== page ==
There is sometimes confusion between "gallery wrap" and a "stretched canvas". Gallery wrap is a method of displaying art wrapped over thick wooden bars. There are no visible fasteners (e.g., staples or tacks). It is a finished product that is intended to be hung unframed.
Gallery wrap is a method of stretching an artist’s canvas so that the canvas wraps around the sides (Stretcher Bar) and is secured to the back of the wooden frame. The frame is usually 1.50” thick. As a result, the hardware (staples) used to secure the canvas is not visible. This method of stretching and preparing a canvas allows for a frameless presentation of the finished painting or photograph.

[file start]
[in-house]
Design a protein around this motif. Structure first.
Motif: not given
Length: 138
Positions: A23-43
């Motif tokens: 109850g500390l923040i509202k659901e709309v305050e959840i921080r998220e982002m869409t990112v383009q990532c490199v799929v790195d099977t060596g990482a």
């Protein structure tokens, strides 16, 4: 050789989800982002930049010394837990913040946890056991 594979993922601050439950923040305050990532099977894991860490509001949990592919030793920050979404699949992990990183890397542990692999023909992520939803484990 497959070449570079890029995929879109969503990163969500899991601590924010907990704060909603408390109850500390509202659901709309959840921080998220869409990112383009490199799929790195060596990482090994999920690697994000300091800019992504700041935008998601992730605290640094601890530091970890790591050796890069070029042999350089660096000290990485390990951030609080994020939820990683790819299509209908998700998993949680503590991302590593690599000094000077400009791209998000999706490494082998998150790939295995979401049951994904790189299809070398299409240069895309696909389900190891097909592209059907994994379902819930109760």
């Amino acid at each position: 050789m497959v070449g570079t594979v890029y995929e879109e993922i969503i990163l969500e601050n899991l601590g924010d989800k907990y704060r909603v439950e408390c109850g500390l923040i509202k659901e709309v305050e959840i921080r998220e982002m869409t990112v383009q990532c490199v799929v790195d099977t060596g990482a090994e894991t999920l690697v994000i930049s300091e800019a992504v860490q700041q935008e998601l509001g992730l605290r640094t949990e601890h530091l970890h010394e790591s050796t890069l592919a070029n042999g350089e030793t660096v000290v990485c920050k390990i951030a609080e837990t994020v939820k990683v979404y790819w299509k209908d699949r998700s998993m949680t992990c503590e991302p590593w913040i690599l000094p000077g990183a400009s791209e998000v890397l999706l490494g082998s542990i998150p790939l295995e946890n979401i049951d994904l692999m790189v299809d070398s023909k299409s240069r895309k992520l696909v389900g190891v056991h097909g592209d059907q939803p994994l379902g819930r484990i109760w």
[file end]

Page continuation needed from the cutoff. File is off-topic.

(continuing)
In canvas printing, the term gallery wrap refers to an image that appears on the sides of the frame as well as the front. The image on the sides is either a continuation or a reflection of the main image, or an otherwise fabricated element such as a solid color or colors derived from the adjacent image. Photo editing techniques are employed to achieve this.
In contrast, stretched canvas is not a finished product. This process precedes the framing process. The hardware is also unique; the stretcher bars are thinner (generally .75”) allowing the fasteners to show.